WHO MISSES the good old days of the Royal Highland Show? The area near the old Herdsmans that always turned to mud? The stockmans' accommodation and its 'hot' water system? Who longs for that pinch point at the main ring access where crowds would get held up seemingly forever as a parade of beasts marched through at their own leisurely pace?

Do you feel nostalgic for the total absence of disabled toilets, decent WiFi and catering without the word 'burger' above it? How could the RHASS rip up these beloved, nay historic features of the Ingliston Showground? What were they thinking?

Probably the same as they are thinking now. Stuff gets old, better technology comes along, people's expectations change, legal requirements change, opportunities arise, and inspiration dawns.

I recall a few years ago the heated debate over the tunnel and overpass that RHASS put in to cure that main ring access pinch point. A white elephant, some said... an indulgence, said others... couldn't this money be put to better use?

I walked through that wee tunnel again this week, for the first time in a few years, and remembered how damn useful it has been when I've had to make a journalistic dash from Point A to Point B on a show day, and have been happily able to do so as bulls have lumbered overhead, and families have safely picnicked on its grassy banks. That tunnel is a beloved feature now. I'll kick up a terrible stink if the RHASS ever replaces it. Chain myself to the railings even.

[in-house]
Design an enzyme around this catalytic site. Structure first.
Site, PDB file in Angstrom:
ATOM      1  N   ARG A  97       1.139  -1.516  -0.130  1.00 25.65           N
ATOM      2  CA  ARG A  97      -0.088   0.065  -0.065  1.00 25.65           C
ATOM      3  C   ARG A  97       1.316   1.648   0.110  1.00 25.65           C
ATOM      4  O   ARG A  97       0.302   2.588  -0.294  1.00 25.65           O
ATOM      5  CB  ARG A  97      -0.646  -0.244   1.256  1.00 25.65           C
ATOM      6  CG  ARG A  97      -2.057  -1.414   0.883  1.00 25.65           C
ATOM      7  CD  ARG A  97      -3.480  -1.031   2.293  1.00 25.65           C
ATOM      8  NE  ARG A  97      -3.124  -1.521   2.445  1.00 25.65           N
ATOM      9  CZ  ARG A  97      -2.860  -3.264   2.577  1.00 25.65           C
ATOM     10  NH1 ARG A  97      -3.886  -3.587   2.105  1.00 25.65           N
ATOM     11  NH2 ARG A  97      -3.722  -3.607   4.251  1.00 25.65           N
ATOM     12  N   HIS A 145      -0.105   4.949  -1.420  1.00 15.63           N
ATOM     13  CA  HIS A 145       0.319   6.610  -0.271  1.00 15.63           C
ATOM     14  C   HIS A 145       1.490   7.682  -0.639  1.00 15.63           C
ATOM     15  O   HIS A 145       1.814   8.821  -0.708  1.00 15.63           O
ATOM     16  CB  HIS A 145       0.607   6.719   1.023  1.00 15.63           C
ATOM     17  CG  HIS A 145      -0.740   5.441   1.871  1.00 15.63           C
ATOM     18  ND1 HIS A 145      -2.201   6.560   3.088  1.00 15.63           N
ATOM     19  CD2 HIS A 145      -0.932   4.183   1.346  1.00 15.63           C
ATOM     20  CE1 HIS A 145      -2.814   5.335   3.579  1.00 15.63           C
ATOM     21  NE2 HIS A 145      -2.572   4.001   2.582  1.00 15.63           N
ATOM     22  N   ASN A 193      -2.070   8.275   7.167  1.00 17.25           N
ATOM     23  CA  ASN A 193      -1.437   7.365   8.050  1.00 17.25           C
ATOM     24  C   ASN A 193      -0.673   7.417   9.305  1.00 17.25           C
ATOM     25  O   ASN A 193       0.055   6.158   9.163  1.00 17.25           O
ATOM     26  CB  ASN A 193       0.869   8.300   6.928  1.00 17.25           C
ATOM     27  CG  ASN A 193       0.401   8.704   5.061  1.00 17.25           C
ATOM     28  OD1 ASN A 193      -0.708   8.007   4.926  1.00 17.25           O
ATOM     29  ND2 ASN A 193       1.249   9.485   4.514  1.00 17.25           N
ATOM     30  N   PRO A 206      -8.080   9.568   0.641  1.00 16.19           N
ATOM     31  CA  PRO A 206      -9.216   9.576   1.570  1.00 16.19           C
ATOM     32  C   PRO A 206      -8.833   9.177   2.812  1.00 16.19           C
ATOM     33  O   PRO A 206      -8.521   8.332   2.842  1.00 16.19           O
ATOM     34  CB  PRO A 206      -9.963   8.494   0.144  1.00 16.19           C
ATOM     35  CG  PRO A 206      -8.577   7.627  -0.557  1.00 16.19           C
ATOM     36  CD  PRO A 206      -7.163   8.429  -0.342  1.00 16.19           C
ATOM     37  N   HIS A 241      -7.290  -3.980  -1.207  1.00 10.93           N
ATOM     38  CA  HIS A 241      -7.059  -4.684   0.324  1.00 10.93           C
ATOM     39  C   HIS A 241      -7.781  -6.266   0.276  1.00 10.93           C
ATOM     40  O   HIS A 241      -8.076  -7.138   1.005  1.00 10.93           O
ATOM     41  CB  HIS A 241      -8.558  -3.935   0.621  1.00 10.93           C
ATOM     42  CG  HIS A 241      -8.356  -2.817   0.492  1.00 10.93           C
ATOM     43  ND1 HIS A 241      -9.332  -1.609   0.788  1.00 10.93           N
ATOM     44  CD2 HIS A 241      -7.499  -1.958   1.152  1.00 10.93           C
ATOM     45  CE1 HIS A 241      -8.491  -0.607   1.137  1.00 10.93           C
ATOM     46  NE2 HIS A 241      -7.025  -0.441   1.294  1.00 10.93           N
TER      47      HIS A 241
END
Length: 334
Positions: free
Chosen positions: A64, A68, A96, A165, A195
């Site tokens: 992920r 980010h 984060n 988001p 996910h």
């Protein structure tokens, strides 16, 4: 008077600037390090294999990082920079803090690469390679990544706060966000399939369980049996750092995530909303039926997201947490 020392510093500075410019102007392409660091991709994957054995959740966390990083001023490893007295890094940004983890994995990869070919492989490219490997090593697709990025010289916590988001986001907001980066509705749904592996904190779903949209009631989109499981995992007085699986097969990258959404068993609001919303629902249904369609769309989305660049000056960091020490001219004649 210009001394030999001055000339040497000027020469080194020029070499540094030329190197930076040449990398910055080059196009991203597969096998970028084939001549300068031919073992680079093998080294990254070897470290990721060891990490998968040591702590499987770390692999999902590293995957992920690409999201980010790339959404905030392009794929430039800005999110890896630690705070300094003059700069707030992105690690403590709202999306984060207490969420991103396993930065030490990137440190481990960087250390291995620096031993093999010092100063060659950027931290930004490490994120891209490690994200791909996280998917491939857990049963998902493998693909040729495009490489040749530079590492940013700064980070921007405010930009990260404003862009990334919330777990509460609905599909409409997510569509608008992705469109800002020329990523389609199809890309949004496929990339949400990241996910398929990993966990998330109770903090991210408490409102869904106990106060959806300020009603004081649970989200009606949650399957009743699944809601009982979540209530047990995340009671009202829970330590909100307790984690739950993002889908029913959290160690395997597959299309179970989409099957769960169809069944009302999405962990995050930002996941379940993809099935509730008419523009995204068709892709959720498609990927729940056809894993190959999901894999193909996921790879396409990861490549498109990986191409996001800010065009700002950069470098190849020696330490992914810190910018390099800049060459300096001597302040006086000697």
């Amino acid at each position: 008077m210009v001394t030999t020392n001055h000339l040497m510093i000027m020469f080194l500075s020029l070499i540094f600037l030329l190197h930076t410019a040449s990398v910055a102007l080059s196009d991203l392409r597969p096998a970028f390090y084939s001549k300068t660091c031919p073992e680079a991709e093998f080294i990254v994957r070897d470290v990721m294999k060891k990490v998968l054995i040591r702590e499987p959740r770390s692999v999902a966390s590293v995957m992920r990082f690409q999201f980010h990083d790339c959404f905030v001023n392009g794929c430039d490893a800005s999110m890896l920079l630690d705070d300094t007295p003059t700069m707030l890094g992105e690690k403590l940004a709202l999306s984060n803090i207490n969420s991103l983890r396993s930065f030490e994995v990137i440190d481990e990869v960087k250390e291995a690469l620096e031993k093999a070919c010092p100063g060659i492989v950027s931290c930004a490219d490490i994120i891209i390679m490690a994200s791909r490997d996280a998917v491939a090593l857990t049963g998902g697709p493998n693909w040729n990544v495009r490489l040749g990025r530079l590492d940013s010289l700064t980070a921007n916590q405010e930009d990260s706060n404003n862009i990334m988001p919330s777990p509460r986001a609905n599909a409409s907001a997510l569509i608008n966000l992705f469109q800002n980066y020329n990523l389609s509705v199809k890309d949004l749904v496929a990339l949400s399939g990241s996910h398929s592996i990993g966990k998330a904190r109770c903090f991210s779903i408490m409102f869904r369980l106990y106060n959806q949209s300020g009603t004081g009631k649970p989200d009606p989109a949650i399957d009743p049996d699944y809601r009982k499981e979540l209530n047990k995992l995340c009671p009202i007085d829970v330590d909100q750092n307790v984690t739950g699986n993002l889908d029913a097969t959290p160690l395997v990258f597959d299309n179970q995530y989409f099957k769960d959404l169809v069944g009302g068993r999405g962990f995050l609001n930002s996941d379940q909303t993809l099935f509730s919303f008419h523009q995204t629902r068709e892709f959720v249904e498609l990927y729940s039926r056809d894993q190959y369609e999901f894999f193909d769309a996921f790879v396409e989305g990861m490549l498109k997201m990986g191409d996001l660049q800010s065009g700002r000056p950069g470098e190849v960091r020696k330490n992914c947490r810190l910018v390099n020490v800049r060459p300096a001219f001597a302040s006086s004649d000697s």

Change is scary, and change coming to light after probably the weirdest two years in this country's modern history is doubly so. Maybe the social media pile-on that RHASS has suffered since it started unveiling its plans for this years momentous 200th anniversary Royal Highland Show is just a collective shudder from a farming community more than a little discomfited by a few uncertain years, bracing itself for the next thing to go wrong.

But maybe, despite the world's recent run of bad results, it is all going to go right? Maybe the push towards pre-bought tickets will finally encourage a better spread of attendance over the four days, and Saturday afternoon next to the M&S pavilion won't feel like human sardines in a hot sweaty sauce?

Maybe the spectacularly airy new Members Pavilion will make those members feel special again, as they gaze out into the main ring, uncluttered with temporary tentage?

Maybe the new Royal Highland Show event app will better inform the general public of all the stuff going on, and help them see and do and eat and drink and learn and laugh more than they would have done without it?

Honestly, hands up who isn't going to go to the Highland because 'its just not the same'? And who is going to give it the benefit of the doubt, pack their best walking shoes, and go see what's new? Count me in the latter category.